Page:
by Sarah Rees Brennan
(this is book one--the other books are The Demon's Covenant and The Demon's Surrender)
High school, grade 9 and up
Reviewed by Anarda
Nick and Alan are brothers united by tragedy, filial love, and a sense of duty to fight and destroy the demons and magicians who murdered their father and who continue to pursue them and their mother from town to villlage to London itself.To hide from demonic search parties, Nick adopts the demeanor of the tough outsider who disparages school and knows something about auto engines--and swords, when necessary. Alan is the limping, red-haired, bespectacled scholar, translater of arcane languages, and occasional bookstore employee, protector of his dark, powerful, but emotionally withdrawn younger brother, and keeper of their equally dark, brooding mother.She guards a mysterious talisman that a sinister magician seeks, but she also harbors an abiding fear of Nick.When a local brother and sister arrive on Nick and Alan’s doorstep seeking help to remove the strange marks that the brother, Jamie, has received from demonic forces, the two brothers reluctantly agree to help them.First stop, the Goblin Market,where Alan chooses to “carry” one of the demonic marks Jamie was given and Nick performs a ritual dance to call on his own familiar demons for help and answers.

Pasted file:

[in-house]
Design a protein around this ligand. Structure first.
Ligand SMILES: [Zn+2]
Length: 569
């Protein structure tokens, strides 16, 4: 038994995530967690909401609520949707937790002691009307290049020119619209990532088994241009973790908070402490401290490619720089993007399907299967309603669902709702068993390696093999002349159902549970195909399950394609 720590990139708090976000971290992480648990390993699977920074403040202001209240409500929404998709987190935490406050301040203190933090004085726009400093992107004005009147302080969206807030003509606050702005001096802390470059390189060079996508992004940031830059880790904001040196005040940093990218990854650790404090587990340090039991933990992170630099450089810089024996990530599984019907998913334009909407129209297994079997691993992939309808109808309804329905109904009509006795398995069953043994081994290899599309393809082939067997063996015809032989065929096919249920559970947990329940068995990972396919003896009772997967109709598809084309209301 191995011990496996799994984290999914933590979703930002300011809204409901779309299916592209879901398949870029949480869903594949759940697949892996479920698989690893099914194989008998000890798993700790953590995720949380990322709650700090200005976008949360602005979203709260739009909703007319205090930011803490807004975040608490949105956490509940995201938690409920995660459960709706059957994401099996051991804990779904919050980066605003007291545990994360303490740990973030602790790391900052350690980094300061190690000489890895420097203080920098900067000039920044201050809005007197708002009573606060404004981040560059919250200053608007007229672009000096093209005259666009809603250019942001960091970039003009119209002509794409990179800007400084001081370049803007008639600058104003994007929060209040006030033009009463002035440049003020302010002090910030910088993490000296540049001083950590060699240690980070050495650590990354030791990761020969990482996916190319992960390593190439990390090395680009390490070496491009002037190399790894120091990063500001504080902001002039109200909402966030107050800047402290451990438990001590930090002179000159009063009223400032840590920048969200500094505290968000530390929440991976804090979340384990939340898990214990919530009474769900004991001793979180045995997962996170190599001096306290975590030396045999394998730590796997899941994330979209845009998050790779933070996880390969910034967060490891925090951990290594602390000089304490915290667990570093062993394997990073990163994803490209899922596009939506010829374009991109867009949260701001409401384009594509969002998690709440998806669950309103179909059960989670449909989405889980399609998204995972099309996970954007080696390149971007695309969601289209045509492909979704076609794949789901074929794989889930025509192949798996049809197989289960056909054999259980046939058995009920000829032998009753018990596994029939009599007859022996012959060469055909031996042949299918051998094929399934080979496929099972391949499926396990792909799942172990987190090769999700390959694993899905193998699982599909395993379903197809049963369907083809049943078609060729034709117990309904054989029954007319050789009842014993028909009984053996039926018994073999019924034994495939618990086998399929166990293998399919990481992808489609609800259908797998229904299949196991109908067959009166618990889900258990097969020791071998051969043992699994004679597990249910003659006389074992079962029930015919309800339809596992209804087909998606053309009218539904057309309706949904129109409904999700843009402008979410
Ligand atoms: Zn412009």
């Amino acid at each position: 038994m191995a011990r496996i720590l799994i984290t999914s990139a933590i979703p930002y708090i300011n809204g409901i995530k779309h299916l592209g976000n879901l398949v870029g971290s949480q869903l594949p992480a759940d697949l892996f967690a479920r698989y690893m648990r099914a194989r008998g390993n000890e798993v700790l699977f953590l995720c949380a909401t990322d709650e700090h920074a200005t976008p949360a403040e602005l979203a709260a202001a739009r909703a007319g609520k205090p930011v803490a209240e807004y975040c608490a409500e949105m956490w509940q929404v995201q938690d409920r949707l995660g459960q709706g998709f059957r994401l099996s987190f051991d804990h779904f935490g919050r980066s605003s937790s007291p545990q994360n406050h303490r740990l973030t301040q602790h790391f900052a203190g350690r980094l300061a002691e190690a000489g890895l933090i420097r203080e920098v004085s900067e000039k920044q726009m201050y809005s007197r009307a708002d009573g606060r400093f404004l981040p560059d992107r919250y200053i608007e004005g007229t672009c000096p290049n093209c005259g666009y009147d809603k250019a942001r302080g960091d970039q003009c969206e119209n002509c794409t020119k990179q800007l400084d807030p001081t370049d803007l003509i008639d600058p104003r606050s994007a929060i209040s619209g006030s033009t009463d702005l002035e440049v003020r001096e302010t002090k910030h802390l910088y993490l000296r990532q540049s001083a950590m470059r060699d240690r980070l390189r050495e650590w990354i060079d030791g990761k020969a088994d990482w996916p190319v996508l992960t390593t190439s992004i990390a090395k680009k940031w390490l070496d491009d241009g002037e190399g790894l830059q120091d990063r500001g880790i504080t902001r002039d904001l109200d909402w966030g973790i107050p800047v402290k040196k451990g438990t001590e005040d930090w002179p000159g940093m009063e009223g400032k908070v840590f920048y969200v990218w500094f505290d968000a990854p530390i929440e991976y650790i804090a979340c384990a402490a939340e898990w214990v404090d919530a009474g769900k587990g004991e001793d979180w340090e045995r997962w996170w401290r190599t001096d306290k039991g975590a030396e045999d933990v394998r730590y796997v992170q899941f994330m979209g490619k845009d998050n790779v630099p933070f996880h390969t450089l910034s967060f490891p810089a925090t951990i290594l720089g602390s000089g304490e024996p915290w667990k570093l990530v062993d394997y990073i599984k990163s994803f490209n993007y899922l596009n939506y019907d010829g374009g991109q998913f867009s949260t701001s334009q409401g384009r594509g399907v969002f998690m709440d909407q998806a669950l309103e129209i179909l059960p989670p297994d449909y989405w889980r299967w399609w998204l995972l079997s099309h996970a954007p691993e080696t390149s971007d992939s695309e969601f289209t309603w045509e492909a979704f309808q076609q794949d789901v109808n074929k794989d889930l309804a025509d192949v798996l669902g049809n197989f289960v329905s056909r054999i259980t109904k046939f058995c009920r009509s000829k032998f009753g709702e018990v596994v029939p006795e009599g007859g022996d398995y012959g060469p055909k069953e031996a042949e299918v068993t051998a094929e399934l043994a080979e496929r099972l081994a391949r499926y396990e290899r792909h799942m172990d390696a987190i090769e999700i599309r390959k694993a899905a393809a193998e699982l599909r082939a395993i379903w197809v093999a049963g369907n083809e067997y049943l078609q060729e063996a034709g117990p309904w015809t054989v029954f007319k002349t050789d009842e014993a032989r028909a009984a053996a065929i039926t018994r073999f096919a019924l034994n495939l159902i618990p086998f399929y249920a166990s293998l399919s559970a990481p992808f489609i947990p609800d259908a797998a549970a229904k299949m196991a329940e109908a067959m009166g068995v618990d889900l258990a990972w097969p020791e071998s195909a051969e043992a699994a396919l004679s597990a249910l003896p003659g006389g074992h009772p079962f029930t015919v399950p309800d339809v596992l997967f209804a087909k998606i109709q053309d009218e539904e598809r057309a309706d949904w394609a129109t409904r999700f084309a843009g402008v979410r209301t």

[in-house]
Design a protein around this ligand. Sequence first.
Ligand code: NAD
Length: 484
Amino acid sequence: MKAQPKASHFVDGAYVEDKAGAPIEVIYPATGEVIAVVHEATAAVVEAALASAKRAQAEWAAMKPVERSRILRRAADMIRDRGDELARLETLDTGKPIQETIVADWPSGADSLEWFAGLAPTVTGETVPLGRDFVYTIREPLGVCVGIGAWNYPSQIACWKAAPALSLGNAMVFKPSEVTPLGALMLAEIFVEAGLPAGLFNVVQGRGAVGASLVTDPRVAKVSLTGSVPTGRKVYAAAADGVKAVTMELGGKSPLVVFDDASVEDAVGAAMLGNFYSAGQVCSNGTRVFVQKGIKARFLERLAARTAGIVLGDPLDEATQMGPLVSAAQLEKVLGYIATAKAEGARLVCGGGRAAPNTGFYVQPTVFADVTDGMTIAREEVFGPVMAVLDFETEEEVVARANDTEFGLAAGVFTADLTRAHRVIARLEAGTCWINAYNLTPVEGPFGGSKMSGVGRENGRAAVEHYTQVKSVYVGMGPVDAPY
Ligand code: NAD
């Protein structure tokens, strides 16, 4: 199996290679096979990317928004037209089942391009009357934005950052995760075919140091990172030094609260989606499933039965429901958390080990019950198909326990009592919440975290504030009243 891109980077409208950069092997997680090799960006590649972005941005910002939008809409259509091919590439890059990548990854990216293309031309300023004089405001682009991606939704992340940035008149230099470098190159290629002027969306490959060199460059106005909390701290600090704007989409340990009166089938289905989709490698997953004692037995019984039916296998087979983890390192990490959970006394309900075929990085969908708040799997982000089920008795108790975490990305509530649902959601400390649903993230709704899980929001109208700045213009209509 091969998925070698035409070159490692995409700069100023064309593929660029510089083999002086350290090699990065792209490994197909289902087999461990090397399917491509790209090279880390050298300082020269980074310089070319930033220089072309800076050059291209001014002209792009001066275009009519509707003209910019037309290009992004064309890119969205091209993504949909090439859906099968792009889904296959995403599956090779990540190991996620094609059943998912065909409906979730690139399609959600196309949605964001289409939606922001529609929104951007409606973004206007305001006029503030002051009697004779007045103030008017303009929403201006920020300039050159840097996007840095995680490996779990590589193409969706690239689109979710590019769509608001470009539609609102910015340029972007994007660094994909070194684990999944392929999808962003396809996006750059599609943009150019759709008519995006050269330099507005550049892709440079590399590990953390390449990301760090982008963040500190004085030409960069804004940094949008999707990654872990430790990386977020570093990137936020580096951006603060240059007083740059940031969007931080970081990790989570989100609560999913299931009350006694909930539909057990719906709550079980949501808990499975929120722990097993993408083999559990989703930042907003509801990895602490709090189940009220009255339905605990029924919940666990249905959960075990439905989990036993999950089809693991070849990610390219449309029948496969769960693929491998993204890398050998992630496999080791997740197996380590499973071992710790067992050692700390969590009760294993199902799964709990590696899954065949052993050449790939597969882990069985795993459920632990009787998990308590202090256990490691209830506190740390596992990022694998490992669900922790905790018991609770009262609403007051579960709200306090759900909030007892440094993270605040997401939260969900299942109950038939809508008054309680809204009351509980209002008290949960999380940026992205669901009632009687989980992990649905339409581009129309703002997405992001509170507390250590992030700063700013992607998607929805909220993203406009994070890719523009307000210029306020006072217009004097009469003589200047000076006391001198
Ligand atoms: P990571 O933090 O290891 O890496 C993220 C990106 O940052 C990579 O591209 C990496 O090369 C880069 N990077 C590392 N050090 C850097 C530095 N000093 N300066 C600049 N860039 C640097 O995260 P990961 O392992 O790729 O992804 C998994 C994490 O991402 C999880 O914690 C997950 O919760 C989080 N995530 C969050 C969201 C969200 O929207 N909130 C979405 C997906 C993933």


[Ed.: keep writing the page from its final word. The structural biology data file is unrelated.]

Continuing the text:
But in short order, more dire problems are revealed, not the least being a relationship Alan has been hiding from Nick; and why is Alan lying to Nick, his closeset companion? And if Alan is lying about their relationship,the only close relationship Nick has ever experienced, what does this make Nick? Is he the cold,violent monster he has always thought he was?
There are any number of books published about demons and demonic possesion, evil magicians and their machinations, and romancing the “dark side,” but this book centers on the point of view of a particularly troubled young man and his empty inner life rather than a yearning young woman and her empty heart. Nick is a teen who truly doesn’t understand the forces that have been working on him all his life: He doesn’t understand his mother’s pathological avoidance of him, he doesn’t understand why he can’t read the feelings of the people around him, and--except for his brother Alan--he doesn’t understand why he can’t even care about others. He doesn’t know why the talisman his mother holds is more valuable than building a stable life, and he doesn’t comprehend making a loving sacrifice for one’s family. Does being pushed around by the demands of magical forces preclude the idea of free will? Can loyalty trump destiny? Can love be learned? These questions are partially answered in this first book of a trilogy, and I’m intrigued enough to want to know the outcome. Yes, I liked this book!
Rating: 3.75--The writing is better than average, and the story provides a slightly different twist to a familiar theme.
Cover: I’ve seen better, I’ve seen worse. The hardcover version shows Nick full-face, while the paperback version shows a full-figure representation of him.